While teeth often seem to be the main focus of dental care, there’s another part of your mouth that deserves almost as much attention—your gums. Neglect them and you could eventually lose one of those teeth! In recognition of September as National Gum Care Month, we’re doing a little well-deserved bragging about your gums, and why they’re worth a little extra TLC.
Here are four reasons why gums are essential to dental health:
They secure your teeth. Your teeth are held in place by strong collagen fibers called the periodontal ligament. Lying between the teeth and bone, this ligament attaches to both through tiny fibers. Not only does this mechanism anchor the teeth in place, it also allows incremental tooth movement when necessary. Preventing gum disease helps guarantee this ligament stays healthy and attached to the teeth.
They protect your teeth. A tooth’s visible crown is protected from disease and other hazards by an outer layer of ultra-strong enamel. But the root, the part you don’t see, is mainly protected by gum tissues covering it. But if the gums begin to shrink back (recede), most often because of gum disease, parts of the root are then exposed to bacteria and other harmful threats. Teeth protected by healthy gums are less susceptible to these dangers.
They’re linked to your overall health. The chronic inflammation that accompanies gum disease can weaken and damage gum attachment to the teeth. But now there’s research evidence that gum inflammation could also worsen other conditions like diabetes, cardiovascular disease or arthritis. Reducing gum inflammation through treatment could also make it easier to manage these other inflammatory conditions.
They’re part of a winning smile. If your gums are inflamed, abscessed or recessing your smile will suffer, regardless of how great your teeth look. Treating gum disease by removing the dental plaque and tartar fueling the infection not only restores these vital tissues to health, it could also revitalize your smile. Treatment can be a long, intensive process, but it’s well worth the outcome for your gums—and your smile.
Brushing and flossing each day and seeing your dentist regularly will help keep your teeth and your gums in tip-top shape. And if you notice swollen, reddened or bleeding gums, see your dentist promptly—if it is gum disease, the sooner you have it treated the less damage it can cause.
If you would like more information about best gum care practices, please contact us or schedule a consultation. To learn more, read the Dear Doctor magazine articles “Gum Recession” and “10 Tips for Daily Oral Care at Home.”
In many parts of the country, summer is often a synonym for "blast furnace" and can be downright hot and miserable. If you find yourself in such a climate, it's imperative that you drink plenty of water to beat both the heat and heat-related injuries. Your teeth and gums are another reason to keep hydrated during those hot summer months.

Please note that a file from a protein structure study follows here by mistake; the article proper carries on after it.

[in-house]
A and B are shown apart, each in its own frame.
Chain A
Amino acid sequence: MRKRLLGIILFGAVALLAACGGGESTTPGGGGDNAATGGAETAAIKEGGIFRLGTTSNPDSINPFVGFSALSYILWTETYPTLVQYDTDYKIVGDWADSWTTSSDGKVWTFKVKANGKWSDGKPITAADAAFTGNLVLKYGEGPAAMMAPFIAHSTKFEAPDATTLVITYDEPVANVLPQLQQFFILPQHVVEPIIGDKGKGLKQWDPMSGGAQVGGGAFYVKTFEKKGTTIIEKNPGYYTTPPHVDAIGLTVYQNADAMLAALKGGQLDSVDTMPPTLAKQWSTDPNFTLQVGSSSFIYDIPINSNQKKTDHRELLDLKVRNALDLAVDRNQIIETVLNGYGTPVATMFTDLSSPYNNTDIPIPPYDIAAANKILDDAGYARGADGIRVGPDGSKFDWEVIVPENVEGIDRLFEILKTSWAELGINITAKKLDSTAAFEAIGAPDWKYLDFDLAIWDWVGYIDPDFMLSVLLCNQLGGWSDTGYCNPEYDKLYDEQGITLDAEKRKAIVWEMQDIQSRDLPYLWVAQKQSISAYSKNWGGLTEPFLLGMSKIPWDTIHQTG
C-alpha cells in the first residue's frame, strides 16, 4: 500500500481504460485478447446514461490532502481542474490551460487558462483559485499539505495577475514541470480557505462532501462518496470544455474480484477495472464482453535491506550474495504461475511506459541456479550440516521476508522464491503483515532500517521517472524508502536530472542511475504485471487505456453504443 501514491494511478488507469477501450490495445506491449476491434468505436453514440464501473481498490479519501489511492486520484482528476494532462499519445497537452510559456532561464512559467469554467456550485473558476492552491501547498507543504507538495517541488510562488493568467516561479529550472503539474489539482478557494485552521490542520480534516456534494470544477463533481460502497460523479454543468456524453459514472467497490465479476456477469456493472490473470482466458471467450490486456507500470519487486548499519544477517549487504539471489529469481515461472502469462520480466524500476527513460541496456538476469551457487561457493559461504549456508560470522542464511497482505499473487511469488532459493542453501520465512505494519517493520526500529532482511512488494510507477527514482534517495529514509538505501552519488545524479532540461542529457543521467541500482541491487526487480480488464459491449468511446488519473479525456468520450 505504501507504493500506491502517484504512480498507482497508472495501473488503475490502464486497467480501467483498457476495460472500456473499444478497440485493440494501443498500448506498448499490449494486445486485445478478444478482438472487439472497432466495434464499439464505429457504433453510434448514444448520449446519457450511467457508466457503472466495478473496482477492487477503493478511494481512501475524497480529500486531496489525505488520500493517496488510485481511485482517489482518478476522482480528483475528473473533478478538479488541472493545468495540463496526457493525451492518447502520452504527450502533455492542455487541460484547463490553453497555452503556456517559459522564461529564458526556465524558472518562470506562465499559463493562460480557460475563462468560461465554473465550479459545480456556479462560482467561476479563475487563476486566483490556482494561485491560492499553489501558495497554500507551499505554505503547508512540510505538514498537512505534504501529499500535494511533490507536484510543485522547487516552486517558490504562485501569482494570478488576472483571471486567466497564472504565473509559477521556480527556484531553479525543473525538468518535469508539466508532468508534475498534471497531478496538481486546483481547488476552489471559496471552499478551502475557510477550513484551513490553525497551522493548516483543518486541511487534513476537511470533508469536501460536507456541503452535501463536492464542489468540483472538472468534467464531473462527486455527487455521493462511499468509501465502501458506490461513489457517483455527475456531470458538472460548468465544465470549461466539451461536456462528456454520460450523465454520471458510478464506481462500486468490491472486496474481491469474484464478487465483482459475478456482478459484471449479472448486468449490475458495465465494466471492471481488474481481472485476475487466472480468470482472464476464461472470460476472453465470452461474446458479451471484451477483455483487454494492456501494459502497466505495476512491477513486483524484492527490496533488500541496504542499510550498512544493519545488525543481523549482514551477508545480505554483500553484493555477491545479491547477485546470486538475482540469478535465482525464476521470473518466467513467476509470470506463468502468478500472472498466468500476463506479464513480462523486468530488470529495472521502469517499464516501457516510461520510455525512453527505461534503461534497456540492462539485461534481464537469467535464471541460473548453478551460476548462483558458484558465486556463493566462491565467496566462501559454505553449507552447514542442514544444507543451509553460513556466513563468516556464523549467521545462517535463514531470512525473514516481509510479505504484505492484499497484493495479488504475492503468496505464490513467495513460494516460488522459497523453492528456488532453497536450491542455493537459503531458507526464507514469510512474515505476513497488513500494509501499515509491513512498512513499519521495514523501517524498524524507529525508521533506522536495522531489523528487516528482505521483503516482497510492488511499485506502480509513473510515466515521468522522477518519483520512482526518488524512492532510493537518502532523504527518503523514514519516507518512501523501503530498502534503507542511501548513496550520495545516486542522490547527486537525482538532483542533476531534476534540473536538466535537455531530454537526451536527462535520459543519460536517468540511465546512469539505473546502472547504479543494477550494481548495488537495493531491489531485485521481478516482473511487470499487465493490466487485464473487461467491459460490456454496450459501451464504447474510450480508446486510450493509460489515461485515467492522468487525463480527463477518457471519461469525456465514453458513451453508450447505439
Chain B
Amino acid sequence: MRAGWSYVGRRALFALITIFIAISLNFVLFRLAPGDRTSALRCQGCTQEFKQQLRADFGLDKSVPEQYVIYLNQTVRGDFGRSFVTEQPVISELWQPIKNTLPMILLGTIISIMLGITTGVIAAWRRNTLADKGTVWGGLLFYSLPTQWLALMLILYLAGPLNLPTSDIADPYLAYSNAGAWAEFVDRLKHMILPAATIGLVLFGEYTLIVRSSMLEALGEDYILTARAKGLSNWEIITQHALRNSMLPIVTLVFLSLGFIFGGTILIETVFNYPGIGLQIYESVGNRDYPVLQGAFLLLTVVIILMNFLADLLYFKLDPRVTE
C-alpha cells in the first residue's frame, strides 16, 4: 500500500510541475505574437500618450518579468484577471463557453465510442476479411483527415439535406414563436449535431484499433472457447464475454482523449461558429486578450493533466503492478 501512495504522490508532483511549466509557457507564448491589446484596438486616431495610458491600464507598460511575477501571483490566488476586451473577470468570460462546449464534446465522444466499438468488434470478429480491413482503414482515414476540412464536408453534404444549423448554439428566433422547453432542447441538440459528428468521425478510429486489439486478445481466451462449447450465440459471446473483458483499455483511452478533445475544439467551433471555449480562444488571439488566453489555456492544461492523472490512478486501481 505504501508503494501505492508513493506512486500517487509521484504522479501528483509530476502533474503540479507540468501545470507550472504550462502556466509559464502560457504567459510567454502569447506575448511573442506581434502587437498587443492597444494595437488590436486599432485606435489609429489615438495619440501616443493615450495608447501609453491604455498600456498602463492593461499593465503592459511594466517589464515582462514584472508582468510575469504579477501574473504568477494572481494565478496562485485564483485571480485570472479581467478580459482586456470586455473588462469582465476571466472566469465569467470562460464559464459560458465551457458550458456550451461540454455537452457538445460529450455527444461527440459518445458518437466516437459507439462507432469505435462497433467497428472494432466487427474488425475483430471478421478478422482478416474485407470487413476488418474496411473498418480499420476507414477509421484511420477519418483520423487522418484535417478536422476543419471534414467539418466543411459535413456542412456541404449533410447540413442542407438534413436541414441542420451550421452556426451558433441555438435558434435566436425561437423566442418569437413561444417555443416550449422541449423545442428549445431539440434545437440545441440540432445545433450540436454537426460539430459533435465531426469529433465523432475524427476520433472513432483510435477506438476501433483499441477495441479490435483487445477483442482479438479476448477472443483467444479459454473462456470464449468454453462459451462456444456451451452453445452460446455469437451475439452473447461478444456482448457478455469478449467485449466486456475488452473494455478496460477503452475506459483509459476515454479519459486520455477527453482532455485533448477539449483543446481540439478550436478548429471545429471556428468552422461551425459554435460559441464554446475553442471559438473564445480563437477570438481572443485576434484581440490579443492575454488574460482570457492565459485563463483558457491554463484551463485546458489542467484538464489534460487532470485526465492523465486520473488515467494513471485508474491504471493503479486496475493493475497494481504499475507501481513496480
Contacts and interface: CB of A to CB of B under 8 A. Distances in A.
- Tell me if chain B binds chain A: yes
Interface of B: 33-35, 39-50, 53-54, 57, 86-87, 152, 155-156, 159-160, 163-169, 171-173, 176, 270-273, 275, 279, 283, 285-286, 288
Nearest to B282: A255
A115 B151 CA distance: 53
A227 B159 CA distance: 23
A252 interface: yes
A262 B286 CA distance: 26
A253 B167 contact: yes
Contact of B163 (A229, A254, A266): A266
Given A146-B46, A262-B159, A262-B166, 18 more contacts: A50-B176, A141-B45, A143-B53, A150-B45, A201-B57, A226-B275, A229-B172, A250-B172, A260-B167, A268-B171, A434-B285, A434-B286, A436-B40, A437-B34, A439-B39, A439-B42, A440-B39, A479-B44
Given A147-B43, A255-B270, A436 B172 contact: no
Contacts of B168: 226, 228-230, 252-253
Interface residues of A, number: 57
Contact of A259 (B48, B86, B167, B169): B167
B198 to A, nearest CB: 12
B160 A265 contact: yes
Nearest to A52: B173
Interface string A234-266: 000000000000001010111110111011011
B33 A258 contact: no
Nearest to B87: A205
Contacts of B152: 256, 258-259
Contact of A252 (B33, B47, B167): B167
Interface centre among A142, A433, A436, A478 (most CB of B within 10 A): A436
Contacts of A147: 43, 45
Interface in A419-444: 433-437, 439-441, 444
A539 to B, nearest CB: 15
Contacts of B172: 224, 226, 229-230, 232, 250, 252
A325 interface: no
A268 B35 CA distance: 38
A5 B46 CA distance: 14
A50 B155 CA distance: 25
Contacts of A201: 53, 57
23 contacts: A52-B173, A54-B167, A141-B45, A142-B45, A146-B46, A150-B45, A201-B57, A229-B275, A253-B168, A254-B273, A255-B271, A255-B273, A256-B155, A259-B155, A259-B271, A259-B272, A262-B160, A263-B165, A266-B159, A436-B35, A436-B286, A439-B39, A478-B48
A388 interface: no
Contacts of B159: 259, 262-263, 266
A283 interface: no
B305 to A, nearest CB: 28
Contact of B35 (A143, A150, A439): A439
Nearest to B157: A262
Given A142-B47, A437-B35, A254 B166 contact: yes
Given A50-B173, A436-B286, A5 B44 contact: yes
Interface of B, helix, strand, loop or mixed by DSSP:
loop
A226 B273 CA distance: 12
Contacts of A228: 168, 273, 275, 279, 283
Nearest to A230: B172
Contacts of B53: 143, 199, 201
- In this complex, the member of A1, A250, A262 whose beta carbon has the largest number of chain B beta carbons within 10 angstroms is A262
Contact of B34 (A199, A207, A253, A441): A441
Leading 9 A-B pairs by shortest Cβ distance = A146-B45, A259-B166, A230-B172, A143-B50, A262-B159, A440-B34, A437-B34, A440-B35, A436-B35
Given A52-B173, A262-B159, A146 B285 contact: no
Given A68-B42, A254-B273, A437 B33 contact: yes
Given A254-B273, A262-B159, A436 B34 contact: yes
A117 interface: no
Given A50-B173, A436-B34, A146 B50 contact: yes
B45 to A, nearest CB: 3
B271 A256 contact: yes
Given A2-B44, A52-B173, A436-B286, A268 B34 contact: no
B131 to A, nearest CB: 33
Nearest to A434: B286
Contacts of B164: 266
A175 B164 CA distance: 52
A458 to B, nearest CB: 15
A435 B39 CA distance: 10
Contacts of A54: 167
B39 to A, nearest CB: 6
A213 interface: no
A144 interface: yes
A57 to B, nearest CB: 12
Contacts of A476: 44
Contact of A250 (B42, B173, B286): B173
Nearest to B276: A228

Your body needs water to produce all that saliva swishing around in your mouth. When you have less water available in your system, the production of this important bodily fluid can go down—and this can increase your risk of dental disease. That's because saliva performs a number of tasks that enhance dental health. It helps rinse the mouth of excess food particles after eating that could become a prime food source for disease-causing bacteria. It also contains antibodies that serve as the first line of defense against harmful microorganisms entering through the mouth.
Perhaps saliva's most important role, though, is protecting and strengthening enamel, the teeth's outer "armor" against disease. Although the strongest substance in the body, enamel has one principal foe: oral acid. If the mouth's normally neutral pH becomes too acidic, the minerals in enamel begin to soften and dissolve. In response, saliva neutralizes acid and re-mineralizes softened enamel.
Without a healthy salivary flow protecting the mouth in these different ways, the teeth and gums are vulnerable to assault from bacteria and acid. As they gain the upper hand, the risk for tooth decay or periodontal (gum) disease can skyrocket. Keeping yourself adequately hydrated ensures your body can produce an ample flow of saliva.
By the way, summer heat isn't the only cause for reduced saliva: Certain prescription medications may also interfere with its production. Chemotherapy and radiation, if targeting cancer near the head or neck, can damage salivary glands and impact flow as well.
If you have reduced saliva from medication you're taking, talk to your doctor about switching to an alternative prescription that doesn't affect saliva production. If you're undergoing cancer treatment, be extra vigilant about your oral hygiene practice and regular dental visits. And as with summer heat, be sure you're drinking plenty of water to help offset these other effects.
Even when it's hot, summertime should be a time for fun and relaxation. Don't let the heat ruin it—for your health or your smile.
If you think “vaping” electronic cigarettes (e-cigarettes for short) is healthier for your teeth and gums than smoking cigarettes, you might be disappointed with the latest research. A number of studies seem to indicate e-cigarettes could be just as damaging to your mouth as traditional cigarettes.
An e-cigarette is a device containing a chamber for liquids and a means to heat the liquid into a vapor. The user then inhales or “vapes” the vapor, which contains nicotine and flavorings. The heat also pressurizes the vapor causing it to expel as an aerosol into the mouth.
Researchers have found the ingredients and aerosol effect could lead to potential health problems. An Ohio State University researcher found that vaping disrupted the normal balance of microorganisms in the mouth known as the oral microbiome. This imbalance could make it easier for disease-causing bacteria to proliferate, particularly those most responsible for periodontal (gum) disease.